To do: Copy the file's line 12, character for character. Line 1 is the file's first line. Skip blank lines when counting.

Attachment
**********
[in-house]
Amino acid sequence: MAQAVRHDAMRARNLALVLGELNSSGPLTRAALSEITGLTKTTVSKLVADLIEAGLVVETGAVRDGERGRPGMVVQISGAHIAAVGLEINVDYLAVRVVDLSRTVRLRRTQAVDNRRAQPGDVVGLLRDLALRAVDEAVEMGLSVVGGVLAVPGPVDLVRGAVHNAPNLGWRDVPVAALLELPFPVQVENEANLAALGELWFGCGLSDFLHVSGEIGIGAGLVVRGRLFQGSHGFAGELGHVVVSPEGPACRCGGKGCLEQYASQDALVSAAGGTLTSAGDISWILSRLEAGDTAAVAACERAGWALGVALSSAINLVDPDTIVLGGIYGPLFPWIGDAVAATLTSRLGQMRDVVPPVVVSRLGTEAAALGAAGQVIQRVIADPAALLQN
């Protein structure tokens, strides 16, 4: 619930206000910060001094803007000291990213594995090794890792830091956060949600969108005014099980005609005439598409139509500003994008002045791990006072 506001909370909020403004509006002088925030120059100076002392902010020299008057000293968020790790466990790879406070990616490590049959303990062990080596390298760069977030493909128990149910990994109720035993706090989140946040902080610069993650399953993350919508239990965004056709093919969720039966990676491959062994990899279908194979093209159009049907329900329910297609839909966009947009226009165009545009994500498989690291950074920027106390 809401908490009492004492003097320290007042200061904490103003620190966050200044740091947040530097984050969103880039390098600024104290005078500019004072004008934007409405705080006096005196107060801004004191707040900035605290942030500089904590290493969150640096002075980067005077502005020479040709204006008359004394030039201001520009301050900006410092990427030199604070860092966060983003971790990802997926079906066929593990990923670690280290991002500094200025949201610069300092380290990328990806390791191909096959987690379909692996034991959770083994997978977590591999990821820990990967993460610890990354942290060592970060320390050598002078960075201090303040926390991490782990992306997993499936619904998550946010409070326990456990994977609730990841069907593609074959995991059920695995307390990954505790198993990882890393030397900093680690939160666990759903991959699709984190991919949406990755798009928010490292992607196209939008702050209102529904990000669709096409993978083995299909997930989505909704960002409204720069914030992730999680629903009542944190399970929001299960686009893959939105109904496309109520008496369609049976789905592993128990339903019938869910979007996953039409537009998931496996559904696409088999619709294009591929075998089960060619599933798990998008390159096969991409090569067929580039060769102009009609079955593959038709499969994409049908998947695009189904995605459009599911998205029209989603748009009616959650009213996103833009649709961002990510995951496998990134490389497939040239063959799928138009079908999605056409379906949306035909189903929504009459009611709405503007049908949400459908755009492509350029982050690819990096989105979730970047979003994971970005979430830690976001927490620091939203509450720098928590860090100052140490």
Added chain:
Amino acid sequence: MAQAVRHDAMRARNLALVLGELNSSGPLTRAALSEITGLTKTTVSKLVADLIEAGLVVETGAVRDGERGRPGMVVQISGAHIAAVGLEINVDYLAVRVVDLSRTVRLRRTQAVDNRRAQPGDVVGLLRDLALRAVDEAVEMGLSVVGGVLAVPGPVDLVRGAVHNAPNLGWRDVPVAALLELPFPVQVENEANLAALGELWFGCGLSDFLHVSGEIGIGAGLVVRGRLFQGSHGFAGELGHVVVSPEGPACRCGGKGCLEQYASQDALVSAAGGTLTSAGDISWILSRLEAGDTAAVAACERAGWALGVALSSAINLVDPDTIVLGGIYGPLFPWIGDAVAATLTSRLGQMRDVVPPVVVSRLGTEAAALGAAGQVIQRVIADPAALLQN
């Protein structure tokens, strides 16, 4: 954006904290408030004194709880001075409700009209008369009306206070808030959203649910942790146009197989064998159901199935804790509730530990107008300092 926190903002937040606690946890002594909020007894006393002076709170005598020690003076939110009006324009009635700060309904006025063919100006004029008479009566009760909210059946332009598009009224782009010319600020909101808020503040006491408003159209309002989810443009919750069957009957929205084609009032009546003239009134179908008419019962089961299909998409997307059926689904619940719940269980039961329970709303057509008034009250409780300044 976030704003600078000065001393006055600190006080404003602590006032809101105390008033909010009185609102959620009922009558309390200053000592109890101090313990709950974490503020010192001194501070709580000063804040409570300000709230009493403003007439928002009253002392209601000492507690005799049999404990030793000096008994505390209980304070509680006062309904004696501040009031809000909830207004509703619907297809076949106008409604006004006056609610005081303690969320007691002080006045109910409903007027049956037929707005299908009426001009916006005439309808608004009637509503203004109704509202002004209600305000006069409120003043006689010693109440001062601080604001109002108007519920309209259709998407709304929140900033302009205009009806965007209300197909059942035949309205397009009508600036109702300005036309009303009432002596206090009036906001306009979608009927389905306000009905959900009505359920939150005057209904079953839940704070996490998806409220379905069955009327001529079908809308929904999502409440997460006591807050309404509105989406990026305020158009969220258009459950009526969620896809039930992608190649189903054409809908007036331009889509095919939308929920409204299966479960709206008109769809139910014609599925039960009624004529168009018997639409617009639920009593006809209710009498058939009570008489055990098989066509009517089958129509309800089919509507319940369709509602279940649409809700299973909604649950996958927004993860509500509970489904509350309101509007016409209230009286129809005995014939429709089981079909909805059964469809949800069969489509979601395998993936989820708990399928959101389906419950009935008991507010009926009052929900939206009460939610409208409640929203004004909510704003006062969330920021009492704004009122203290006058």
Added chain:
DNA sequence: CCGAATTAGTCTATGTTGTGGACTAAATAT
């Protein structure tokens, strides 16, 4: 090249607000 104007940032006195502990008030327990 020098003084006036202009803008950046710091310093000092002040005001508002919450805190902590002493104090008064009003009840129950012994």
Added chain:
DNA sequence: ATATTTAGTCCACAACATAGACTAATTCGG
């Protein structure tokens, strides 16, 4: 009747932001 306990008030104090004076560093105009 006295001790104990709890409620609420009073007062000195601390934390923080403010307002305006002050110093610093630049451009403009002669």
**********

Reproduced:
């Protein structure tokens, strides 16, 4: 009747932001 306990008030104090004076560093105009 006295001790104990709890409620609420009073007062000195601390934390923080403010307002305006002050110093610093630049451009403009002669």